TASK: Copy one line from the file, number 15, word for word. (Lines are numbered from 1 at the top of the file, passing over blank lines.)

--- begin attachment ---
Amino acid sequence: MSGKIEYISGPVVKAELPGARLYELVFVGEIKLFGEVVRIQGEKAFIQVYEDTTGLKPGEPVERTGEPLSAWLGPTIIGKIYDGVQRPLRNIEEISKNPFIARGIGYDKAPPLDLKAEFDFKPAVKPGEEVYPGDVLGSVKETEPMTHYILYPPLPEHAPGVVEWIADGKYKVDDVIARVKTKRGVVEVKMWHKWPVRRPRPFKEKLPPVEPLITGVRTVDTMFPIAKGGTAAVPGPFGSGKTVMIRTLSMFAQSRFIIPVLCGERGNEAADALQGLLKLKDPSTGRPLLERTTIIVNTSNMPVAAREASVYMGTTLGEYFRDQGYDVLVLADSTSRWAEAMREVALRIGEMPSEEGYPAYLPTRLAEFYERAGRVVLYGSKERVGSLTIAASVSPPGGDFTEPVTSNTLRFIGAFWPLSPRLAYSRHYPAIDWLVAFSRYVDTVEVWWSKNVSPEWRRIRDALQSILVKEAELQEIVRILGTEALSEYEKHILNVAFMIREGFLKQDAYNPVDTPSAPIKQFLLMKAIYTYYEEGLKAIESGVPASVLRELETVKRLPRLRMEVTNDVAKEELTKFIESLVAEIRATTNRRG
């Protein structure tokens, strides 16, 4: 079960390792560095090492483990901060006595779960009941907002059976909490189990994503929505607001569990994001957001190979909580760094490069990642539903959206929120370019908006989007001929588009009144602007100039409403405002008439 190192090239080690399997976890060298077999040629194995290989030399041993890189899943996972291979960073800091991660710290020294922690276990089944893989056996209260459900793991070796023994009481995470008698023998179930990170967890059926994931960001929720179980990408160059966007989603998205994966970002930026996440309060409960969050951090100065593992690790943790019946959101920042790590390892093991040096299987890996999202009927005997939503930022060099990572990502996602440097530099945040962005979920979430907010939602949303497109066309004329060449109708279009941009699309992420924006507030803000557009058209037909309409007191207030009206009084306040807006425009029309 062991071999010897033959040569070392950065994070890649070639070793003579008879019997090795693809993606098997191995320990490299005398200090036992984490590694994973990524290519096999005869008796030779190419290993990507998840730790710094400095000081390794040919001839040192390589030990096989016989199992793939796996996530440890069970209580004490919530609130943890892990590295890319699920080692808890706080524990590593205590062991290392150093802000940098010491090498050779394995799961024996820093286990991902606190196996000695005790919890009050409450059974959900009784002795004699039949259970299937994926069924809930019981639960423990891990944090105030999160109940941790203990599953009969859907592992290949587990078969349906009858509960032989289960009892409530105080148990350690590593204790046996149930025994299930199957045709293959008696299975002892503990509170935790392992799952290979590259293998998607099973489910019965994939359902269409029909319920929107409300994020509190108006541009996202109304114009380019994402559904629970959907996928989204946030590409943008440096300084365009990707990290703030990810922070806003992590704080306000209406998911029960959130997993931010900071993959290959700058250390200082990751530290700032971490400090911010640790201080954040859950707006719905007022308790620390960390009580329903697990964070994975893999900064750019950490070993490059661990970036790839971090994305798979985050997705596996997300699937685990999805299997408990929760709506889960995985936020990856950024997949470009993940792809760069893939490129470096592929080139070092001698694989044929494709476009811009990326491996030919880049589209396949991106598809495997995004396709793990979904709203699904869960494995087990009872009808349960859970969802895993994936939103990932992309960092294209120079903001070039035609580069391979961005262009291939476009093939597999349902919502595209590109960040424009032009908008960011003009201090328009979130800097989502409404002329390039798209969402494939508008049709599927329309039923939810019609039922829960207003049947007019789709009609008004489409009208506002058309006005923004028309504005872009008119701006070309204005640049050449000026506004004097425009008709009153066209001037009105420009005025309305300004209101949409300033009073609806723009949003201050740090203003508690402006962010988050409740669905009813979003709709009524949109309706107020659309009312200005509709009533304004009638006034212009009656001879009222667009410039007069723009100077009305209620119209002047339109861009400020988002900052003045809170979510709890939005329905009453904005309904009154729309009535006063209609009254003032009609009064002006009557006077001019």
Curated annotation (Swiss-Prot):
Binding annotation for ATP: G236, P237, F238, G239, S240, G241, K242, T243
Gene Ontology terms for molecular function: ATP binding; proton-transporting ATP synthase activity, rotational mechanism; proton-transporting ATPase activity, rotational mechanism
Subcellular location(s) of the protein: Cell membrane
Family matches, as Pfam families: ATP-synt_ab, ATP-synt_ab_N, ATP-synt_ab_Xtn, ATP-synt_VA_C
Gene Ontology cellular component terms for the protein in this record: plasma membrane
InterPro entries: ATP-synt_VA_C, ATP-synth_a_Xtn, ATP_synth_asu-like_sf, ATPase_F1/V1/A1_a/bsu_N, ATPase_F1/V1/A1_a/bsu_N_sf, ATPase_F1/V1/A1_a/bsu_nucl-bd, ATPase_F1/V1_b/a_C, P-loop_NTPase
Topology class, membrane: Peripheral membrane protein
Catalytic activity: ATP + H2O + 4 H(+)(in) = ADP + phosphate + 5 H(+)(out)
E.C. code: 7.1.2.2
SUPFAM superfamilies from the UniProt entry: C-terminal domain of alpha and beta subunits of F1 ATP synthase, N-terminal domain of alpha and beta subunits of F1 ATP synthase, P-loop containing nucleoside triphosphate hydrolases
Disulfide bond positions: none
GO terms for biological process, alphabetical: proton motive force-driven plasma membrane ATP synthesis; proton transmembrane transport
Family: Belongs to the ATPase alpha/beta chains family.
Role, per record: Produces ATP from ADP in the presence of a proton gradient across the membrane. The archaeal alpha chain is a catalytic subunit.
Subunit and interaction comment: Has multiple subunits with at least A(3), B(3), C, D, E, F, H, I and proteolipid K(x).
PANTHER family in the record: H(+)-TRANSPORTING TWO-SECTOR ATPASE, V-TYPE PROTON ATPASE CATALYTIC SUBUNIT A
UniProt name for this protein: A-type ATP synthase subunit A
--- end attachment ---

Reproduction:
GO terms for biological process, alphabetical: proton motive force-driven plasma membrane ATP synthesis; proton transmembrane transport